As you can see from W3i’s campaign results, pay per download programs can create a meaningful distribution channel while lowering an app developers costs by often as much as one third the cost of other alternatives!
Many app developers have tried search and affiliate programs to promote their app because they are more widely recognized tactics, but have failed to launch and optimize their apps for low cost pay per download networks.
Make sure you ask your pay per download program how they adhere to industry best practices, and what care they take in establishing a valued user experience. The engine that powers W3i’s Application Network, InstallIQ, has received the Truste Trusted Download certification and is white listed by Truste.
Whether you have an iPhone app, a Facebook game, a Windows application, or a browser toolbar, contact W3i to learn how you can launch and optimize your app using W3i’s pay per download program.
This article was written for app developers seeking downloads, however, if you have a website and would like to promote W3i’s applications, go to W3i’s affiliate sign-up form.
Amazon, along with all other book retailers and a variety of device manufacturers, are faced with a most disruptive competitive threat to their eBook business to date, the April 3 US release of Apple’s iPad. Amazon is turning to app marketing to defend their competitive position.
Defending and Growing Their Core Business, Books–There’s an App for That
Amazon and other book retailers, like Barnes and Noble, are in the business of selling books, not selling devices. Apple is in the business of selling devices, not selling books.
Armed with this knowledge, Amazon has launched Kindle for the PC and Kindle for the iPhone. Think of the Kindle for iPhone as a consumer’s “eBook store for iPhone/iPad” more so than Apple’s owned and operated e-Book store. This is a smart move by Amazon’s marketing team.
Recent research conducted by W3i shows 50% of respondents indicate that they have an interest in using an application to aid in the discovery of books. Amazon introduced Kindle for iPad March 22, integrating with the Kindle bookstore and making more than 450,000 Kindle books available through its Kindle app. Able to sync with Amazon’s servers, Kindle for iPad makes it possible for you to continue reading on a PC, Mac, iPhone, BlackBerry, or Kindle e-reader. Amazon will continue to grow by knowing their strength, selling books, and making sure that their content is available in emerging platforms—like Apple’s iPad. Barnes & Noble has already jumped on this bandwagon with the anticipated early April release of their eReader app for the iPad. Other book retailers will be wise to follow suit and use app marketing to their advantage.
It is important that app marketers consider what utility is provided by the apps they are developing and marketing. Amazon did a fantastic job with their PC and mobile apps versus their Kindle eReader. (I own a Kindle 2, and I rarely use it. When I am traveling, I’m much more likely to carry a pocket device like an iPod Touch, and when I am at home, I am much more likely to use my laptop PC.) I’ve used both the Kindle for PC and the Kindle for iPhone apps for a couple of months now, and I’ve found both to be very fast, easy to use, and well thought out. After I installed the Kindle for PC on my laptop, I tried out its “free sample” feature and skimmed through a few pages of Chris Anderson’s “Free” book, which is one of my all-time favorites. Unlike the Windows iTunes app by Apple where most of the navigation of content itself is within the app causing it to be very slow at times, most of Amazon’s desktop app is built by calling back to Amazon’s web technology while still managing the eBook files locally on my machine. This makes for a much faster, enjoyable experience. Next, I installed the Kindle for iPhone app on my iPod Touch. I purchased the book “The Quants” by Scott Patterson, and read it while on vacation with my family in Orlando. Amazon’s website, iPhone app, and PC app are all synchronized through their “Whispersync” technology. Kudos to Amazon for having a truly synced up, multi-channel strategy that creates great utility for its users.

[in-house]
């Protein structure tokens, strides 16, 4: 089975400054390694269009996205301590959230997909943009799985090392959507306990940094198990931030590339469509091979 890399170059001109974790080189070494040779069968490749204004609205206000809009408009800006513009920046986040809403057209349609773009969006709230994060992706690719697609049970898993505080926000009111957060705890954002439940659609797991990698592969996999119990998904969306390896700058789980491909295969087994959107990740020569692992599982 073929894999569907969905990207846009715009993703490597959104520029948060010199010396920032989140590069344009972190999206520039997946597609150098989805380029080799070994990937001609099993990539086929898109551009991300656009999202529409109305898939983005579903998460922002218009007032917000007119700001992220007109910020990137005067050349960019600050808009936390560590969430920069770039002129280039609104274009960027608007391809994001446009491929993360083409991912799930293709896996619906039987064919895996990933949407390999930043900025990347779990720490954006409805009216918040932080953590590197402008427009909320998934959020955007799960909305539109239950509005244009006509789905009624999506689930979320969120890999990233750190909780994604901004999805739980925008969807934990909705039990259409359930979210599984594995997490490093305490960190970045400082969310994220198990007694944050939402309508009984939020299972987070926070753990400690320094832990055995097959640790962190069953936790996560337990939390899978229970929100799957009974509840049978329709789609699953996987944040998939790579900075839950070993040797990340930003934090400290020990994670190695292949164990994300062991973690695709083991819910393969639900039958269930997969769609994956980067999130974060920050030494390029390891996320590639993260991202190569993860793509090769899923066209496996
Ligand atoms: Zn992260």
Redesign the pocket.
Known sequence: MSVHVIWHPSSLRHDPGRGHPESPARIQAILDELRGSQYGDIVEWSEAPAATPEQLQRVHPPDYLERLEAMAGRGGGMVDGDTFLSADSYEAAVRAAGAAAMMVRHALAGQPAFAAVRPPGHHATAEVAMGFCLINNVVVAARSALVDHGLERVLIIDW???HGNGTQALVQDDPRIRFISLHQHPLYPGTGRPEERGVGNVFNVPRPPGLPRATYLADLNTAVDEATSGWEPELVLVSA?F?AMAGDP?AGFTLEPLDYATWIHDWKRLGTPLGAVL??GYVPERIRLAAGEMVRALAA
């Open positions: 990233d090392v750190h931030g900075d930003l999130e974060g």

Finding Alternative Distribution Channels-Mobile
Now that Amazon and other brands have very user-friendly mobile and PC apps, they need to find solutions to market their apps to the masses. Last month, my Clickz column discussed a variety of ways marketers could find alternative distribution models for mobile, including rebates, free-for-a-day, free for virtual goods, and cross-promotion in app advertising. One example would be to use W3i’s Apperang service which provides users with small cash incentives to try quality apps.
How might Amazon push their Kindle for iPhone app more aggressively?
One of the most common distribution tactics used by top mobile app marketers is to get top ranking in the App Store. As I read recently, “You don’t call Apple, they call you.” I doubt Amazon will be getting a call from Apple to give them free publicity on the AppStore. Amazon needs to use a variety of other consumer application marketing tactics:
- Advertising – go old school with traditional advertising; an expensive tactic, but it can work.
- Download exchange – optimize ad campaign performance with mobile ad networks like Admob.
- Word of mouth – make it easy for friends to engage.
- Social buzz – expand your app’s horizons through viral market on existing social media such as blogs, Twitter, Youtube, and Facebook.
- Review sites – get app ratings and reviews on sites like AppShopper, iUse This, AppVee, and Apple iPhone School. Let positive reviews to do the work for you.
Finding Alternative Distribution Channels-PC
One very effective application marketing tactic currently employed by Amazon is sponsored search.
However, there are limitations to search marketing; a major limitation being the lack of volume available in many new product categories. Amazon is also using In-house promotion tactics by heavily advertising new Amazon apps on their already highly trafficked and successful website.
How might Amazon push their Kindle for PC app more aggressively?
- PC OEM Deals – expand relationships with channel partners. Ever heard the phrase, “enemies of your enemies are your friends” from Art of War? Most PC manufacturers are very concerned about the growth of Apple’s market share in the desktop and laptop market, the smartphone market, and now with iPad and Netbook sales. Even if the iPad is a smashing success, total unit sales are not going to come close to all other devices.
- Cross promotion- similar to Tapjoy in mobile, Amazon could contract with cross promotion companies like W3i.
- Affiliate marketing – Amazon is a pioneer in affiliate marketing. If they are not already doing so, adding apps to their affiliate program could boost distribution.